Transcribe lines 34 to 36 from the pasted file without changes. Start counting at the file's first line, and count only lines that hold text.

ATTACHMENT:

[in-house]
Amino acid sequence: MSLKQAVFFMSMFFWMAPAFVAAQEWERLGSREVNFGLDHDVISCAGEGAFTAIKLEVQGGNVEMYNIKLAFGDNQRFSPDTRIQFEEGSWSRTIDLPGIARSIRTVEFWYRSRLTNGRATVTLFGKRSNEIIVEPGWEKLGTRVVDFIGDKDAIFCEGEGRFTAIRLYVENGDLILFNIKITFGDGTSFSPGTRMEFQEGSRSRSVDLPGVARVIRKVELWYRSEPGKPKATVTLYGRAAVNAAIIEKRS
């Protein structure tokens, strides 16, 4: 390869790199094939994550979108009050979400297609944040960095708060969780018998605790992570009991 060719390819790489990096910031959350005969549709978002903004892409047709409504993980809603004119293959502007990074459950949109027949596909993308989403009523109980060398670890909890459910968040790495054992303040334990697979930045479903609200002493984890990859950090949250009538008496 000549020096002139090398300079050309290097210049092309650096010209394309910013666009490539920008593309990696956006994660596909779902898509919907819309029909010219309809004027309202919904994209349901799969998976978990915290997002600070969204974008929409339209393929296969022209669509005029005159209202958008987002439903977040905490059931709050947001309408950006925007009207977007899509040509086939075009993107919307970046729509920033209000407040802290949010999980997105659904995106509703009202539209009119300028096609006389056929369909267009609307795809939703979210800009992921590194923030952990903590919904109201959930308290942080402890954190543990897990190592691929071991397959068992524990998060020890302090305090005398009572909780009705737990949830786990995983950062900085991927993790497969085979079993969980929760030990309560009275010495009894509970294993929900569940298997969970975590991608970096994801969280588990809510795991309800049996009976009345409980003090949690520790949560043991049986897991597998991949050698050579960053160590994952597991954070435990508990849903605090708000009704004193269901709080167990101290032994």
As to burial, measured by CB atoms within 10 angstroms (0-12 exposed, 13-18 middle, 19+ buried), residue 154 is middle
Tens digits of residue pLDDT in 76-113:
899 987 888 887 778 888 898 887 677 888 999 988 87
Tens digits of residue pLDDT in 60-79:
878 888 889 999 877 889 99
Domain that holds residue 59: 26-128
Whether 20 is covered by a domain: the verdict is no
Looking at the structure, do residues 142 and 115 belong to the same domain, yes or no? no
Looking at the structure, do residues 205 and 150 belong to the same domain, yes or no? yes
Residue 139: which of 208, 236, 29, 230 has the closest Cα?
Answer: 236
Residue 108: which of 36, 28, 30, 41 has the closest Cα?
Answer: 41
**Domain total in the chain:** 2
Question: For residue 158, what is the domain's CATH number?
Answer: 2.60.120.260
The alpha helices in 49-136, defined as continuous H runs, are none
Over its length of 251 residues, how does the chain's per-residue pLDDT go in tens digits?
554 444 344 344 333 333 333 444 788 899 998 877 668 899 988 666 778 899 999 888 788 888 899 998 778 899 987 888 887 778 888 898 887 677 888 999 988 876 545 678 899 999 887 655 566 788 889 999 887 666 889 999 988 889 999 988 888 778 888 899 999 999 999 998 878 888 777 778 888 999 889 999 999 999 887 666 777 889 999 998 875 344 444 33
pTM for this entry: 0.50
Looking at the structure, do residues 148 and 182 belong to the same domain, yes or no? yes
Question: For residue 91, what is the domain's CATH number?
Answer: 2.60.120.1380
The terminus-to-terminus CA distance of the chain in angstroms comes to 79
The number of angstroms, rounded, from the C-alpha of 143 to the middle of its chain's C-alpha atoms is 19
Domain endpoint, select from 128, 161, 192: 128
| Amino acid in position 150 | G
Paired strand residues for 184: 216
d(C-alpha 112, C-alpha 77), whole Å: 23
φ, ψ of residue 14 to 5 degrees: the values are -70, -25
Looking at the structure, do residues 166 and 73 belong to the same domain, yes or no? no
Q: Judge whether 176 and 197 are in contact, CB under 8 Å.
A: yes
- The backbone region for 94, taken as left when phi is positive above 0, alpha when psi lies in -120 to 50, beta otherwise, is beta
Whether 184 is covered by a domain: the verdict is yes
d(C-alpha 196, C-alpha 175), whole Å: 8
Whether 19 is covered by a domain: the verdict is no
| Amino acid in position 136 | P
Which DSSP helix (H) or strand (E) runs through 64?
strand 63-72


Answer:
Looking at the structure, do residues 166 and 73 belong to the same domain, yes or no? no
Q: Judge whether 176 and 197 are in contact, CB under 8 Å.
A: yes